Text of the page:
A social climate of peace can thrive only if there is a communal approach to it through education, but not just literacy-driven education – rather, peace education.
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By Kirthi Jayakumar
There is often so much attention attached to literacy in education that people think of education itself as being about making more and more people literate. While that does serve an overarching purpose of economically empowering people to take on better jobs and augment the productivity of the economy, it is not enough in the greater interests of peace. A social climate of peace can thrive only if there is a communal approach to it through education, but not just literacy-driven education – rather, peace education.
The thirst to create change through sensitised education led me to join Pax Populi, an initiative that pairs tutors from all over the world with tutees in Afghanistan for classes in English. Pax Populi is a Latin phrase that translates to “the peace of the people”. True to its name, the initiative is a people-to-people peacemaking programme of Applied Ethics, Inc. Working with the mission of putting the tools of peacemaking in the hands of ordinary people, Pax Populi seeks to support initiatives that advance peace through education and economic development within a framework of human rights. The focus of the organisation’s work is Afghanistan.
I volunteer with Pax Populi as a tutor and as a coordinator. My work involves tutoring a student from a school / university in Afghanistan, and also putting tutors and tutees together. Being able to participate in the programme as a tutor gave me a sense of awe at how similar we all are. No matter where we are – in India or in the USA, Afghanistan or Pakistan, Nigeria or Colombia, Spain or Australia – we really are all just the same.
Since April last year, I have had the privilege and honour of working with Shabnam Manati, a young lady from Kandahar, Afghanistan. I meet Shabnam twice a week, and we spend about an hour to an hour and a half, learning English and exchanging beautiful notes on life lessons, together. We do this through Pax Populi’s English Teaching Program.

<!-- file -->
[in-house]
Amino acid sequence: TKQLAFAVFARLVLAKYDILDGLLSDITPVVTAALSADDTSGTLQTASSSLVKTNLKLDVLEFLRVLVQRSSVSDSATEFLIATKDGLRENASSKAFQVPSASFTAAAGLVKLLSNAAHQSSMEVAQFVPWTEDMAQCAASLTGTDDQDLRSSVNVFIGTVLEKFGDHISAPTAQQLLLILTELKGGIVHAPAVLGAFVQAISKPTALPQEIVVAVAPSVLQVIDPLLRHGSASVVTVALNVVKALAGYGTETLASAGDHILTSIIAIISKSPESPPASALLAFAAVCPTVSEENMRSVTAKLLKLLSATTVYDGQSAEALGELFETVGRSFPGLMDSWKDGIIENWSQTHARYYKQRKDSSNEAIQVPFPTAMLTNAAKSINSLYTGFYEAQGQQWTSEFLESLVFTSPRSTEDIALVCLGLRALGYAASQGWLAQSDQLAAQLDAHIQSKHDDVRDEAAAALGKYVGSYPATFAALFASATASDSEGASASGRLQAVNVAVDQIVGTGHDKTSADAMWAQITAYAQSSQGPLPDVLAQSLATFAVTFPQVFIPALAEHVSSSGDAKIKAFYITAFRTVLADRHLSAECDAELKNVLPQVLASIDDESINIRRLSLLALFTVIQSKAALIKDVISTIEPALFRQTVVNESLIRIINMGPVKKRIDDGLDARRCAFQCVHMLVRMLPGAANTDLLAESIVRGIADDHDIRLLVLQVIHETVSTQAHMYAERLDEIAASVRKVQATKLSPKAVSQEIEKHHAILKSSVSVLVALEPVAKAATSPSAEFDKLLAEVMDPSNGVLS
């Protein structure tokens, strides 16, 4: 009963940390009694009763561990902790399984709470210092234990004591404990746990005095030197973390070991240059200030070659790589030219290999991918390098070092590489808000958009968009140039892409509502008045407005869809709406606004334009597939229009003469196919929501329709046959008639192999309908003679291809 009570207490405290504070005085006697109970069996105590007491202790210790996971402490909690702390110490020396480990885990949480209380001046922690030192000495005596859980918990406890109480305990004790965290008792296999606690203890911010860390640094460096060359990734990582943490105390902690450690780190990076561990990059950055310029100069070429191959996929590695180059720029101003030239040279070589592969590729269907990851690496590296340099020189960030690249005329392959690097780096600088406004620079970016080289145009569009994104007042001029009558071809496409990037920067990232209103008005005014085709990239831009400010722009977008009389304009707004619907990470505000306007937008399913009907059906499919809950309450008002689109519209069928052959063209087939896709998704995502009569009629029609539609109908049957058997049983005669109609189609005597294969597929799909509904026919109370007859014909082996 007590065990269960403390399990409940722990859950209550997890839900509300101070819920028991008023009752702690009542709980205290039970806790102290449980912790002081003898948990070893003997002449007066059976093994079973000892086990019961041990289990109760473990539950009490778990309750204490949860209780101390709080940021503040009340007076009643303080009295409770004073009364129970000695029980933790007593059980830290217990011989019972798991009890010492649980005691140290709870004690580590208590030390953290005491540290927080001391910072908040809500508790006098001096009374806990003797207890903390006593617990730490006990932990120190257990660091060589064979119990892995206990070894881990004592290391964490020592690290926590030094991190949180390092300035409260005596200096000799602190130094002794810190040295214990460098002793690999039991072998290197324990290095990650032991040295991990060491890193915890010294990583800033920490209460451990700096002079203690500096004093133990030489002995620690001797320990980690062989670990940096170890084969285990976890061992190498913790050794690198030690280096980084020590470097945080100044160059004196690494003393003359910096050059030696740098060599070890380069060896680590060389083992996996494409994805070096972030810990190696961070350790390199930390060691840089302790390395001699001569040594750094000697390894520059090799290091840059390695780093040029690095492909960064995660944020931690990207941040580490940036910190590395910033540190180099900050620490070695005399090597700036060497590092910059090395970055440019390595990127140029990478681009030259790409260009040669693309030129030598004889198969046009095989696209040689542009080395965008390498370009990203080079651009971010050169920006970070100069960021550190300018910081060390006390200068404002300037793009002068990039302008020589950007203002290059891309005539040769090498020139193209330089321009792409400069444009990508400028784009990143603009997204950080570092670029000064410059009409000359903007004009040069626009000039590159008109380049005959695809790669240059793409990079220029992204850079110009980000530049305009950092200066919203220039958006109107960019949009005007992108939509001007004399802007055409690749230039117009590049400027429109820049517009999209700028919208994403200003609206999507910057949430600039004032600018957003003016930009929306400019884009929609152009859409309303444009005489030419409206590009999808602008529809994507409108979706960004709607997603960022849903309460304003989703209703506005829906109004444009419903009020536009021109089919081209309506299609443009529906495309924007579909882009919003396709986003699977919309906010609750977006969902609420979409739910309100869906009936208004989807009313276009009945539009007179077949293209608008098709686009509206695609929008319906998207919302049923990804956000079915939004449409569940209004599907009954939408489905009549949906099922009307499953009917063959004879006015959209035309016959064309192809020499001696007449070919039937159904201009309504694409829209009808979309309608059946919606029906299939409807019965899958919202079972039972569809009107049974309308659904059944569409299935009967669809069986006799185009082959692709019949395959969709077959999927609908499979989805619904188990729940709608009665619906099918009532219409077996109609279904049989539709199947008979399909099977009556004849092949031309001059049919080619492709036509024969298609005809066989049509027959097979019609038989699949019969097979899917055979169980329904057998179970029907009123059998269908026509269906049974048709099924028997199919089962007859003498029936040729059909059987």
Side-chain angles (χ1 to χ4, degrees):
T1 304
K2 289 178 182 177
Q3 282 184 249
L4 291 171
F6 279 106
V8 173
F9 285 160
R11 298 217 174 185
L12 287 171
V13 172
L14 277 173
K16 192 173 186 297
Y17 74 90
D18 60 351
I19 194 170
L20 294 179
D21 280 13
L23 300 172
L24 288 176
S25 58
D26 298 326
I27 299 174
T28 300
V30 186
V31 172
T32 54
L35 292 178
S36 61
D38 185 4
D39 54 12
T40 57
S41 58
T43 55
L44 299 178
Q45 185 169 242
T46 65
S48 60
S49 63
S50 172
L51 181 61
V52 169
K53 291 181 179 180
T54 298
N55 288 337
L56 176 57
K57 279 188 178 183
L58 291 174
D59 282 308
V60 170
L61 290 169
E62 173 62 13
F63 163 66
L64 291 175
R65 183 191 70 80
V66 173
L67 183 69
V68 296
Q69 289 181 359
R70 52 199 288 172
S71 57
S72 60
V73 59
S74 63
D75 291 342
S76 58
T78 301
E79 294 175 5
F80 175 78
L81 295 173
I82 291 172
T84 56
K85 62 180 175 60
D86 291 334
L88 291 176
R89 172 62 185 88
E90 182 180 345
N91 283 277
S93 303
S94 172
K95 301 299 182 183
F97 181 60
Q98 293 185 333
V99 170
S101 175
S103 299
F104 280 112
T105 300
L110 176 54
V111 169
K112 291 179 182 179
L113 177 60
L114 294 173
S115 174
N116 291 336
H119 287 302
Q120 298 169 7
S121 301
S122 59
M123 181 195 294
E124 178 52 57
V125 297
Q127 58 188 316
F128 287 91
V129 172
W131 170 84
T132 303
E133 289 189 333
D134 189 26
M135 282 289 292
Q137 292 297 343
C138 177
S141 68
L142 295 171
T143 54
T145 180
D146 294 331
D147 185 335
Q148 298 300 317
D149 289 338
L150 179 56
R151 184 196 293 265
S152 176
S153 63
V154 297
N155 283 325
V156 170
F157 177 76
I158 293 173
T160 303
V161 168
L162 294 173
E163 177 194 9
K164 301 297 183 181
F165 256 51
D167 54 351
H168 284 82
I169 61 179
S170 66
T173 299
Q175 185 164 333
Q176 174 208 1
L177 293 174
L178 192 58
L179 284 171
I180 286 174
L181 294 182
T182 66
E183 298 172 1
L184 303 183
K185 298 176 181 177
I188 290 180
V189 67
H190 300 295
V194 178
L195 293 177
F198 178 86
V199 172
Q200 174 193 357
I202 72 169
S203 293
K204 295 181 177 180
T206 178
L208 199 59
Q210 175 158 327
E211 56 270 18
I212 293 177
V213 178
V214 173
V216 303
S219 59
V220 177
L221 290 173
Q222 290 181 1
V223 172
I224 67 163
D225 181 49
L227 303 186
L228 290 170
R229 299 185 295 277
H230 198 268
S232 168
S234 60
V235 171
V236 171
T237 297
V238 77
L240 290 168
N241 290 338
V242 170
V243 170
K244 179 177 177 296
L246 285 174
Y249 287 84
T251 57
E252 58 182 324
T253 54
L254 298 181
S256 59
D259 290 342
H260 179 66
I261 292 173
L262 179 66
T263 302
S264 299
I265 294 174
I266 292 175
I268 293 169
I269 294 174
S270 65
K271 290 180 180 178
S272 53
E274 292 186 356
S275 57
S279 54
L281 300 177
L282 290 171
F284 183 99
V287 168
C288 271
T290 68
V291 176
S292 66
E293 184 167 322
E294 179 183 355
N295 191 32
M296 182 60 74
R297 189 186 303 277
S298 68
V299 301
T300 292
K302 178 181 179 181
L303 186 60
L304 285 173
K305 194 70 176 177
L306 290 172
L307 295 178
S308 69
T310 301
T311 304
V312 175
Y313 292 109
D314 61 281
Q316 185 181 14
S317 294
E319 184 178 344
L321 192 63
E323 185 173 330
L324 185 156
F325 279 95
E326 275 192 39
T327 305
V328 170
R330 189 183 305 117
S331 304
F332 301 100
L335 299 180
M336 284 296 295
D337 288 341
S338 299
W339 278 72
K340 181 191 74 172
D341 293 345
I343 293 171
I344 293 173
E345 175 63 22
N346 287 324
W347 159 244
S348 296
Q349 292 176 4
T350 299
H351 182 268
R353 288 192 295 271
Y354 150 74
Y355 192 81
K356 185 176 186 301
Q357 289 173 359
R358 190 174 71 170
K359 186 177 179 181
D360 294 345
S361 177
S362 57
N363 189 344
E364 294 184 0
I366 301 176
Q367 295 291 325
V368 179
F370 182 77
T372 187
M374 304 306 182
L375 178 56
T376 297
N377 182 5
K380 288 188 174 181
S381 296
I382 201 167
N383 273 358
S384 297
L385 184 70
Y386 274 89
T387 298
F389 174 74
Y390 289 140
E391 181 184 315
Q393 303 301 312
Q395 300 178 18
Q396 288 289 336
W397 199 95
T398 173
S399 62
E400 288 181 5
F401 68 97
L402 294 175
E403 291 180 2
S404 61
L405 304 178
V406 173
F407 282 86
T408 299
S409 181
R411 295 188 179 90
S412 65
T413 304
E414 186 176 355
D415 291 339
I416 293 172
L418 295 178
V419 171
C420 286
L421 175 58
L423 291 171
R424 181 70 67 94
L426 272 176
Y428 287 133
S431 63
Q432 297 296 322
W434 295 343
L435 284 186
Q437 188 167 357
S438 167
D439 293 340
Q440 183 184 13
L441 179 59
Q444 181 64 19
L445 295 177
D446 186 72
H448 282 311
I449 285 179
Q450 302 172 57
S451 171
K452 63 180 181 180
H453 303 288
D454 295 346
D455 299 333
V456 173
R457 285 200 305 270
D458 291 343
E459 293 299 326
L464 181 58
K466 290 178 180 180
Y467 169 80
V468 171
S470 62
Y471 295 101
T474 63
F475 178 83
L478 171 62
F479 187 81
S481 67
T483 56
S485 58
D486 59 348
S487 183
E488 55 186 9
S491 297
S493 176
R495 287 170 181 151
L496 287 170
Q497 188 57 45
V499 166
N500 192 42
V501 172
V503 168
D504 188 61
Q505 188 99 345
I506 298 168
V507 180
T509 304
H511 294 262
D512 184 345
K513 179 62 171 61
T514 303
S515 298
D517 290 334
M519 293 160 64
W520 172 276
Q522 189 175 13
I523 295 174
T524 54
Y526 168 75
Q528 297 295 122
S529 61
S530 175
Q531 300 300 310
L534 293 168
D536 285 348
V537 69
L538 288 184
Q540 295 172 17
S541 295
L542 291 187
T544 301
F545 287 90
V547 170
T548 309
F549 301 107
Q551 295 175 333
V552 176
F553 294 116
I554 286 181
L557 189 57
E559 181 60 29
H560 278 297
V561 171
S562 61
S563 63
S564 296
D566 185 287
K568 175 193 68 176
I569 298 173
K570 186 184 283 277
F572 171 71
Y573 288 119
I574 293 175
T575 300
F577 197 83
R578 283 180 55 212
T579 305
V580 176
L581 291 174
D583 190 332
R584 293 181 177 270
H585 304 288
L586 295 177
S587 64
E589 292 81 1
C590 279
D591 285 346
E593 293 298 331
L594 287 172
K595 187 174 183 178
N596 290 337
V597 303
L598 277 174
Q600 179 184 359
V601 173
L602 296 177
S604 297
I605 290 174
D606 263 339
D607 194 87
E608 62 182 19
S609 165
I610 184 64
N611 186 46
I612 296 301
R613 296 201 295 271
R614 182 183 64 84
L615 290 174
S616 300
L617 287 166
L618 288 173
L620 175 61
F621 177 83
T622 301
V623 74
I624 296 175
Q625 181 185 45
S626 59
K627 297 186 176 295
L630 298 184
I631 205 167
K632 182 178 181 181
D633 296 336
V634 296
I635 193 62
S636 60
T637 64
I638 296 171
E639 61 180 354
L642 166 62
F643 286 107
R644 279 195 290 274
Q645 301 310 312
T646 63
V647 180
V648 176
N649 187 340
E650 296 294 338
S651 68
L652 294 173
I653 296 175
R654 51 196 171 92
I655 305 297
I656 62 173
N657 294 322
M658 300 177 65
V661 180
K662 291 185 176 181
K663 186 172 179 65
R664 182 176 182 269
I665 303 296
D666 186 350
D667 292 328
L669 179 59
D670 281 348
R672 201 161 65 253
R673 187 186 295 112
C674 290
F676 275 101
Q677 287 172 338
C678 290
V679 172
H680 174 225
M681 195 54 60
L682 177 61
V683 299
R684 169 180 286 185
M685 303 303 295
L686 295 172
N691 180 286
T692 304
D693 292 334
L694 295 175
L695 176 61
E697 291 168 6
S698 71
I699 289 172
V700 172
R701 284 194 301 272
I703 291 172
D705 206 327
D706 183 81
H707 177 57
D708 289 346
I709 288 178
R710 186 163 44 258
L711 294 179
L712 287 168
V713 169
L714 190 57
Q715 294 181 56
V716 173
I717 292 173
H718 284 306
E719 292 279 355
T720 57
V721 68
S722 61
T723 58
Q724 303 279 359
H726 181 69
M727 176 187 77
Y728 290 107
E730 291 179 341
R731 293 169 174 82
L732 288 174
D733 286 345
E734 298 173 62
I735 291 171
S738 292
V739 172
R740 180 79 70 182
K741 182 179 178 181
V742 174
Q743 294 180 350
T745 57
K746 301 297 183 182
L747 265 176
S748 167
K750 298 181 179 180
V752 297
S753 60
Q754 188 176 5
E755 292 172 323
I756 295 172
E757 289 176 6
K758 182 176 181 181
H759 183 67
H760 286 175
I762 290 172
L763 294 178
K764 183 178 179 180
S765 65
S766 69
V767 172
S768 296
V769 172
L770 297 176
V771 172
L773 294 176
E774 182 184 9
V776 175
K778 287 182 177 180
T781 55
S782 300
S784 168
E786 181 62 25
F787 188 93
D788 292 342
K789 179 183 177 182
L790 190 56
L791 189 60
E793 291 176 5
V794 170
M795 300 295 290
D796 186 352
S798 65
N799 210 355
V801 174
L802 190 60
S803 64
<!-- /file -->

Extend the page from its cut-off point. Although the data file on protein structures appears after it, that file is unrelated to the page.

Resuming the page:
Shabnam is all of seventeen, and dreams of doing a degree in Computer Engineering. She sees her future couched in a world of peace, and dreams of working with software in a way that her society, country, and later the world, will be benefited. When Shabnam and I first spoke, I didn’t realise at the time that she would soon grow to become a sibling to me – as I would enjoy indulging her as an older sister gladly would, her younger sister.
In my lessons with Shabnam, we never had moments where I was a teacher and she was a student – we were just two friends, cutting across borders and the one-hour time difference that separated us. We were just two girls, having a good time learning English, and speaking the language to communicate ideas of peace, hope, love, dreams for a sustainable future – while all the while, finding the appropriate words to do that.
In teaching Shabnam, I learned something powerful. That in teaching language, we are only doing our best to equip the other with words and sentences that can help them convey their thoughts and ideas. In that movement, I realised a powerful handicap that language has – and yet, this handicap (note that I called it powerful) is its strength. When you want to share love, peace, faith, hope and courage, you don’t need a language. You need a meeting of minds. And for that meeting of minds, you need language. Isn’t it a powerfully cyclical truth?
There is so much to say when you build bonds of love and peace. But no language is enough. My bond with Shabnam is that bond of love and peace. I know, whenever I speak to her, I don’t need to tell her how much she means to me for her to know. By the end of each lesson, we say a silent goodbye with a hope in our hearts for the next session to come soon.
For me, Shabnam is not just a name and a voice behind my laptop’s screen and speakers. Shabnam is, for me, my sister. Just like Afghanistan is, for India, a sister-land.
Kirthi Jayakumar is a legal researcher and lawyer. Her interest and experience is in peace, conflict, international law and gender issues, focusing on Afghanistan, the Middle East, DR Congo and South-Asia.
This article was originally published by Insight on Conflict and is available by clicking here.